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Linden Grove Cemetery to Get Facelift, Sell More Plots

Plans and funds are coming together for an improved Linden Grove Cemetery, home to veterans of American conflicts from the War of 1812 onward as well as many famous names in the area such as Speaker of the House and Treasury Secretary John G. Carlisle and three other US Congressmen. The Friends of Linden Grove hope the planned improvements will bolster the cemetery's standing as important green space in the urban core. "We've been gathering momentum in the last seventeen years in recognizing it as not only an important piece of history but also as an environmental issue for the community," said Peter Nerone, a director at the cemetery. "Cemeteries never were a place for the dead, they don't care. It's a place for the living."
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Recently Linden Grove scores $30,000 in grants ($20K from the Greater Cincinnati Foundation and $10K from the Haile Foundation) to restore the cemetery's pond. Underneath this pond an artesian spring runs, which is why, according to Nerone, the Bavarian Brewery decided to locate nearby back in the nineteenth century. That water will be tapped to enhance the gardening efforts with more flowers and shrubs. Construction on that project will start in the spring and once that is complete a new vehicle entrance will be added off thirteenth street to offer more access to visitors.
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There will also be more room for future permanent visitors. At least two-thousand plots for graves will be sold and the money earned from those sales will be put into an endowment for perpetual care of the cemetery ensuring that Linden Grove will not be ignored as it had been for decades. Originally created by the Western Baptist Theological Seminary in 1843, it remained in a state of limbo once the seminary went away. In 1998, concerned neighbors revived an old lawsuit that had forced the cemetery into receivership and a Kenton County Judge called together leaders from the City and the County, deciding that it was the responsibility of the local governments to take care of the property, explained John Dietz, another director at the cemetery.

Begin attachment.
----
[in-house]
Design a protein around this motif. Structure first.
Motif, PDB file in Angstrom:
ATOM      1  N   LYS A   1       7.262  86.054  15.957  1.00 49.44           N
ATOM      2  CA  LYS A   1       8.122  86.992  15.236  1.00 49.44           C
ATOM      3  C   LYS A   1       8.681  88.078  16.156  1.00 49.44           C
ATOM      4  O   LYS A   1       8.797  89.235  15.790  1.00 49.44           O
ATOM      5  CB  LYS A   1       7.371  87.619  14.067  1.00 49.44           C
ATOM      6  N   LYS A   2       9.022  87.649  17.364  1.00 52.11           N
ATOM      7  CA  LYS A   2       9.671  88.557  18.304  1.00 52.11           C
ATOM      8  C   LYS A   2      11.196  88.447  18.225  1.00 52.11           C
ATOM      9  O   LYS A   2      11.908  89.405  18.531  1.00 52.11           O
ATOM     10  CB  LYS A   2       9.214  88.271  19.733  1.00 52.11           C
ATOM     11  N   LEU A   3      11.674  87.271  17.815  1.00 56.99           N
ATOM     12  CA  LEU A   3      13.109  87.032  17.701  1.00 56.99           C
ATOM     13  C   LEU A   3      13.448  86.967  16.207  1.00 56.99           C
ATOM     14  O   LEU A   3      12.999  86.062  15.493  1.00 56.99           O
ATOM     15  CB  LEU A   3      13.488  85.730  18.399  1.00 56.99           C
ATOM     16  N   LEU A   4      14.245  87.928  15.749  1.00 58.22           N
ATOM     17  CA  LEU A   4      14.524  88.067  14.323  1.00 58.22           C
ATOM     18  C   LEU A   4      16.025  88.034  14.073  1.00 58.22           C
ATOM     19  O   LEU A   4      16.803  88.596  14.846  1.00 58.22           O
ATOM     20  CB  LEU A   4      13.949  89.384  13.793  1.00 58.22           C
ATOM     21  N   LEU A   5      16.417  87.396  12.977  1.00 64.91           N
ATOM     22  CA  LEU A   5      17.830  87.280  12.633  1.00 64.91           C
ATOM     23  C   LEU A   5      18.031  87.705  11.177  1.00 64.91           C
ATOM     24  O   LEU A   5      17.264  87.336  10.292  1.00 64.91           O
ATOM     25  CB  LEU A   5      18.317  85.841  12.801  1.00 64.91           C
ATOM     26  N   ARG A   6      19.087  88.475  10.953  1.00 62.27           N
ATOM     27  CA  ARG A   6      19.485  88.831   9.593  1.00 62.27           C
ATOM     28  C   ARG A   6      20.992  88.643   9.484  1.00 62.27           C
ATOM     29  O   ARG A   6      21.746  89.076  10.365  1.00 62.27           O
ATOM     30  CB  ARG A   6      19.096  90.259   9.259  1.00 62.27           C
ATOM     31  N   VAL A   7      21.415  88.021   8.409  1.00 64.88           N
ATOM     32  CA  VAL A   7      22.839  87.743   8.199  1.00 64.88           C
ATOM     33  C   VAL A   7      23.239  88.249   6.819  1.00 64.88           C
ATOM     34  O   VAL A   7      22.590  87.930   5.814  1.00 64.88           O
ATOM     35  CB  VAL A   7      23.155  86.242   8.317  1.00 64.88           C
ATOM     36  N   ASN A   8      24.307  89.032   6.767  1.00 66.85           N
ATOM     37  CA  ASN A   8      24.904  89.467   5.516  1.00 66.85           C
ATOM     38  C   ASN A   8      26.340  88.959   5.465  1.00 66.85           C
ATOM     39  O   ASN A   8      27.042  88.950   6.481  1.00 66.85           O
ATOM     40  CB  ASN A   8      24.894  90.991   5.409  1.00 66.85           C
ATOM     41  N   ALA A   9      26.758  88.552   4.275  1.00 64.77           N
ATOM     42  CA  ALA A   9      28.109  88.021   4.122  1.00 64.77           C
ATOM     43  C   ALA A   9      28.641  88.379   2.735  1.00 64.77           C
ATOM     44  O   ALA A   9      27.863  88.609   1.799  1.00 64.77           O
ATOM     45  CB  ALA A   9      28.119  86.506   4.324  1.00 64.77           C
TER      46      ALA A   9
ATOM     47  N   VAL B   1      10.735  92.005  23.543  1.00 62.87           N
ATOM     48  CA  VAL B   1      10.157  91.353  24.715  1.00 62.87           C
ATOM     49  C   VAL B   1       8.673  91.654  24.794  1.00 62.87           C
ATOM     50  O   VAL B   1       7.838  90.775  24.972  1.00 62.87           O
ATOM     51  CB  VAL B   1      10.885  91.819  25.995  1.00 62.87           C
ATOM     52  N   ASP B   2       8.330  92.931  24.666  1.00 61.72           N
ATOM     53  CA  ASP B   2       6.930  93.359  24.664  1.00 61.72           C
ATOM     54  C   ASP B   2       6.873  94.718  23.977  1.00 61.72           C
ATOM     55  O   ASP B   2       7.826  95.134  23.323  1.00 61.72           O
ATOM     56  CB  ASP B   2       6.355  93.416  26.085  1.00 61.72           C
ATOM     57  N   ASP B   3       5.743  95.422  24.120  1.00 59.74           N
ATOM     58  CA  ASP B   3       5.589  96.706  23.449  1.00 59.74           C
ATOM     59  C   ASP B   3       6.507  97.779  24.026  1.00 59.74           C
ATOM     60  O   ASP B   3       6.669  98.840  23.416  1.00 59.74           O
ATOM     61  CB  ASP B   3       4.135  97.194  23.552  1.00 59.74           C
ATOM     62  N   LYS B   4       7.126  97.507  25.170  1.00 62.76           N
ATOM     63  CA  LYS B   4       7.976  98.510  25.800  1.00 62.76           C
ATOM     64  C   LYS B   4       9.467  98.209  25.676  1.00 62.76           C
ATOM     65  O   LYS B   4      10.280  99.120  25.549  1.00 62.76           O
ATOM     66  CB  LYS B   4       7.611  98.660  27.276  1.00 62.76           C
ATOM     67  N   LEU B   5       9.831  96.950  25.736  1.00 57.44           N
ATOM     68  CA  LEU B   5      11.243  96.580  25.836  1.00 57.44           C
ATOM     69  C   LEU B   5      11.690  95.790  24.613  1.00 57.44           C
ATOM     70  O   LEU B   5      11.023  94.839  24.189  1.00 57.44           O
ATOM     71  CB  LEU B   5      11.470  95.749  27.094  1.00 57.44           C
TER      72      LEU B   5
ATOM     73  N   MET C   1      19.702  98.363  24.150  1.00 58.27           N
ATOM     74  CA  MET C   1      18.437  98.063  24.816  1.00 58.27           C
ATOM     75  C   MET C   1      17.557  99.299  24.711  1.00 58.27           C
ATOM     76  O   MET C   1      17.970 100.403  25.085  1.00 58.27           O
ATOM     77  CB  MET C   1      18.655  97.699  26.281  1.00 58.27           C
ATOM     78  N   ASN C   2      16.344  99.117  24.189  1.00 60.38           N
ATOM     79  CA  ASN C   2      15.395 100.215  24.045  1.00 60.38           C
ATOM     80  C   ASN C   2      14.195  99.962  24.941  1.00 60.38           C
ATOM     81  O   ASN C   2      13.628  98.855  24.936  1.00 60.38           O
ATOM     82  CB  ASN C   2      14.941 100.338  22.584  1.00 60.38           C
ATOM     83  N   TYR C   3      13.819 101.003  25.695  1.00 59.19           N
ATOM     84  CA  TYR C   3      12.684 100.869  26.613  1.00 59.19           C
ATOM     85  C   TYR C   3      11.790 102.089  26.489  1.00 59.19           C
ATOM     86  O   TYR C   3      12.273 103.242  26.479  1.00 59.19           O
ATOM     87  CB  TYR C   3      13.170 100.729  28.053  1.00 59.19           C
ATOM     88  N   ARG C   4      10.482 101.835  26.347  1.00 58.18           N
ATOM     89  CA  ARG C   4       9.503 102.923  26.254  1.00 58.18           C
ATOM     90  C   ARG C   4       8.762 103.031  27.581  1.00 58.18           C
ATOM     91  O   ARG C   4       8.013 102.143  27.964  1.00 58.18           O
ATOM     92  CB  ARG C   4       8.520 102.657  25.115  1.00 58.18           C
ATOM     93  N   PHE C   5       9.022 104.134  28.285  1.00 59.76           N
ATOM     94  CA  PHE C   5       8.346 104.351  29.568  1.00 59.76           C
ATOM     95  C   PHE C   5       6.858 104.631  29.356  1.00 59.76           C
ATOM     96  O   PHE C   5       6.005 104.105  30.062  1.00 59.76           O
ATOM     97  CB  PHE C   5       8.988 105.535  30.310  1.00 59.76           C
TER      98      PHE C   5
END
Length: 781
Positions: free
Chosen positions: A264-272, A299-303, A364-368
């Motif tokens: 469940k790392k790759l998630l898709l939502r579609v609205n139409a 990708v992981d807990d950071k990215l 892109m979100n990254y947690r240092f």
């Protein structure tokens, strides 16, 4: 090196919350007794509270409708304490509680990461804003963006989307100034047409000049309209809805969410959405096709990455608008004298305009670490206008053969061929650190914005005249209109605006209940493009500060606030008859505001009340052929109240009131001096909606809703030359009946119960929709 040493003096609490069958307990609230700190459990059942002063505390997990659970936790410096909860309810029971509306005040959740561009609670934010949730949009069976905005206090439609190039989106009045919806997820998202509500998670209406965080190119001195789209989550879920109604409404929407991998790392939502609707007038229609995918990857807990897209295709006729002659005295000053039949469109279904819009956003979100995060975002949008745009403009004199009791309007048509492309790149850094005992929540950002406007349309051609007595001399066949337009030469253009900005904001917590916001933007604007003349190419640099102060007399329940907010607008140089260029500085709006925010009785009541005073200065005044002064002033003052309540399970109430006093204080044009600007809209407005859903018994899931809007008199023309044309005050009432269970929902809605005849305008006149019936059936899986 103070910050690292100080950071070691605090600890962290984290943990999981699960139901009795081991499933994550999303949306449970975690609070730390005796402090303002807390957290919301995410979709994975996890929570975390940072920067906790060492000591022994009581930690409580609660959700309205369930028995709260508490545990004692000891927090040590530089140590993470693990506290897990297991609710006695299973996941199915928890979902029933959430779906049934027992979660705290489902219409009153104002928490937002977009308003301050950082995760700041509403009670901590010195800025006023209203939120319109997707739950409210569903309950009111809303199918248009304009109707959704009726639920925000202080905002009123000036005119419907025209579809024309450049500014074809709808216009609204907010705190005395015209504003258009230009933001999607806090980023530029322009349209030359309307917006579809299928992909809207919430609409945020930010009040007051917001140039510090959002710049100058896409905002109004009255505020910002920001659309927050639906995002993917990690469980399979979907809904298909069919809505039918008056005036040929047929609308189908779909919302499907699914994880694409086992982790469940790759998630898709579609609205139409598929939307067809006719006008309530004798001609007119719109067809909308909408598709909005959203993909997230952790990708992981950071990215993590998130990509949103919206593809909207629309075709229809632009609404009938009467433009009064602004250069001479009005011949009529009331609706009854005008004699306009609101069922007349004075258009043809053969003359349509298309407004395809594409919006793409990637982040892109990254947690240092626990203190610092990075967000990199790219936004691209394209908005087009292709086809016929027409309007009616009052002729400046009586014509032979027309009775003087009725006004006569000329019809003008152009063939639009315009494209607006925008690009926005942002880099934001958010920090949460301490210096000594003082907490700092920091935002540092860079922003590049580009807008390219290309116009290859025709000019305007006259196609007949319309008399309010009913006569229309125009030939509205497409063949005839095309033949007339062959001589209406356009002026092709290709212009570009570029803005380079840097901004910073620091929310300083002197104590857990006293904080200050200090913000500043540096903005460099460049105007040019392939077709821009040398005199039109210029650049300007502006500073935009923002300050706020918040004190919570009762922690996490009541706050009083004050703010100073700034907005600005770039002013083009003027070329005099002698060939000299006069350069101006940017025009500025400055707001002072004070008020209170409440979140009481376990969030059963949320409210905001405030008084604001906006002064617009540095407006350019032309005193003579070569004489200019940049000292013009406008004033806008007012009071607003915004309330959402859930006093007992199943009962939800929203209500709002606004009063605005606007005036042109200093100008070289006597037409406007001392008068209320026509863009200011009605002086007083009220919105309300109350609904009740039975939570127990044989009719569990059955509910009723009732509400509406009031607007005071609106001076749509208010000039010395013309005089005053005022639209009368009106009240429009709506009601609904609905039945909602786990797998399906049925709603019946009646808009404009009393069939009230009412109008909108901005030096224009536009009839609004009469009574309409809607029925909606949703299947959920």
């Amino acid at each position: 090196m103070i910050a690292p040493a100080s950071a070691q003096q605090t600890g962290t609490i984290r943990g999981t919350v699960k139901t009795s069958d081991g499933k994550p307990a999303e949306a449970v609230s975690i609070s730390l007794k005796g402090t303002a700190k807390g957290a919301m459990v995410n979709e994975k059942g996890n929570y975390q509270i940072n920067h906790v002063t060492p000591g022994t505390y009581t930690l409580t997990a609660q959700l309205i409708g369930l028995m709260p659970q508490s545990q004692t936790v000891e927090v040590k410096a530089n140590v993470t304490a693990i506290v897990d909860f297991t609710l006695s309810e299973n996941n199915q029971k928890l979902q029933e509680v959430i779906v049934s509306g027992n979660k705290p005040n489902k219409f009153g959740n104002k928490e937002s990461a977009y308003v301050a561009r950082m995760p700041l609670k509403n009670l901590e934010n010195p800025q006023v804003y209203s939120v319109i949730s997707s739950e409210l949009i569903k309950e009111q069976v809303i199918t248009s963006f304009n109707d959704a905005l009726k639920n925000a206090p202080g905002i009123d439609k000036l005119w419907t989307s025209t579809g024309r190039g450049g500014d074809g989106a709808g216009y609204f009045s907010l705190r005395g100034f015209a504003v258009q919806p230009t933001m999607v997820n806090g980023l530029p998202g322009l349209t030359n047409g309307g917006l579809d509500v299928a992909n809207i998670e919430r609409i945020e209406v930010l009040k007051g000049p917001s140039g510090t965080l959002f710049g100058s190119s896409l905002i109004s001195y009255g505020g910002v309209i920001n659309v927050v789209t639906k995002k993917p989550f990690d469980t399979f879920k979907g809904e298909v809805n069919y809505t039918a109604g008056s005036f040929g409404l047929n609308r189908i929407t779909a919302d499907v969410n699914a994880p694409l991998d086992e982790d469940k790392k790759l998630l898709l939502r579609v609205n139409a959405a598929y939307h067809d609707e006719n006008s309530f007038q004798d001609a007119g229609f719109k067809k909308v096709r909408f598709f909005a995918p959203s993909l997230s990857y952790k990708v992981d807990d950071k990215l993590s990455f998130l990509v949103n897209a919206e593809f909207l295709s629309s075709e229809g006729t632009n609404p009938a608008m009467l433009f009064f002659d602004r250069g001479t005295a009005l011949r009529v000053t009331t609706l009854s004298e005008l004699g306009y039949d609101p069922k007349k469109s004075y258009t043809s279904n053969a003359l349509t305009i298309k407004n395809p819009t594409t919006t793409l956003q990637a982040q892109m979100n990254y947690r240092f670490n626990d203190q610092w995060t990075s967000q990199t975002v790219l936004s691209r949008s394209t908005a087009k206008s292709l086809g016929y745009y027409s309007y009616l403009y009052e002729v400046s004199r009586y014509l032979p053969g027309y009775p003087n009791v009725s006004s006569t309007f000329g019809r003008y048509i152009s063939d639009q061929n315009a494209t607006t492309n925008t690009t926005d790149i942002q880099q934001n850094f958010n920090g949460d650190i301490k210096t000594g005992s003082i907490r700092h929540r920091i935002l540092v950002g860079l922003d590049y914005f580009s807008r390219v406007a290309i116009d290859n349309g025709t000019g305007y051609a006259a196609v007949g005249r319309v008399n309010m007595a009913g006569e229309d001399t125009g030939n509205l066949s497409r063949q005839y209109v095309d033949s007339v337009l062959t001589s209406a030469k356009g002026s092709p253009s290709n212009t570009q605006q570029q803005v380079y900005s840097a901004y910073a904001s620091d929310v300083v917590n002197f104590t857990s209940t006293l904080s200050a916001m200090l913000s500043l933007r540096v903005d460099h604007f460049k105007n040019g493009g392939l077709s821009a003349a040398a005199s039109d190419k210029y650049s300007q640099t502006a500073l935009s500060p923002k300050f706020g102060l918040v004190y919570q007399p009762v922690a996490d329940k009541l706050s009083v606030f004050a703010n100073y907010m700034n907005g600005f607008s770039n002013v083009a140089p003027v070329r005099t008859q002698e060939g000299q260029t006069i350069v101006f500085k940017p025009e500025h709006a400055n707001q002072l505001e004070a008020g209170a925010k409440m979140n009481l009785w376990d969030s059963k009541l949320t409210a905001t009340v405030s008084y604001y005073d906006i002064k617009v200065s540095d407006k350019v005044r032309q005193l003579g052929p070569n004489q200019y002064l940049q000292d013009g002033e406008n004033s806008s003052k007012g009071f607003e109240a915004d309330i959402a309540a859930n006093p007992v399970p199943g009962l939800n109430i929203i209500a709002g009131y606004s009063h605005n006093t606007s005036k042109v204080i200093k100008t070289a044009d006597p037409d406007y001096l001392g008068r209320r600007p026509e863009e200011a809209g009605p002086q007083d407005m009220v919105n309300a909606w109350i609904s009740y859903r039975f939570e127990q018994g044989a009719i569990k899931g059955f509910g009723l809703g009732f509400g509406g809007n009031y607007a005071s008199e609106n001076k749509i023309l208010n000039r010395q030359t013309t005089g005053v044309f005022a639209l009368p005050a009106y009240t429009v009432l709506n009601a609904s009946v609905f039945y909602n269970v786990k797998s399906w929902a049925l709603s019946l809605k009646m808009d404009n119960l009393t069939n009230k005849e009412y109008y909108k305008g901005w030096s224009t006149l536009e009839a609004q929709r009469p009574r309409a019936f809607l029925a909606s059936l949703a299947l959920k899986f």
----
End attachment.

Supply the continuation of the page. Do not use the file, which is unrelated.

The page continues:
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Now the City and County have an inter-local agreement and a board of directors is appointed. It is the work of members of that board, like Nerone and Dietz, that have spearheaded the fight to revive this important piece of Covington history and green space. More improvements will include new landscaping, restoration and maintenance of headstones, new pedestrian gateways, development of columbarium monuments, wi-fi access in the cemetery, decorative sections (including brick-pavers, dedicated benches, and memorial walls), new drinking fountains, new pathway lighting, and building a shelter for events and services.
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Covington philanthropist Oakley Farris has commissioned a bronze statue in memory of his brother Clofus Farris who was killed in the waning days of the Korean War. Clofus Farris had been posthumously awarded a silver star for gallantry as he was credited with the saving the lives of most of the men in his platoon but was gunned down while going for help from United Nations soldiers. Oakley Farris (who is also responsible for Covington bronze statues of Frank Duveneck, Andrew Carnegie, General Covington, and Abraham Lincoln) wants the monument for his brother to be part of a larger Korean War memorial. Nerone said that the statue will likely be unveiled on Memorial Day next year. 
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PHOTO: Rendering of what Linden Grove may look like with its proposed improvements.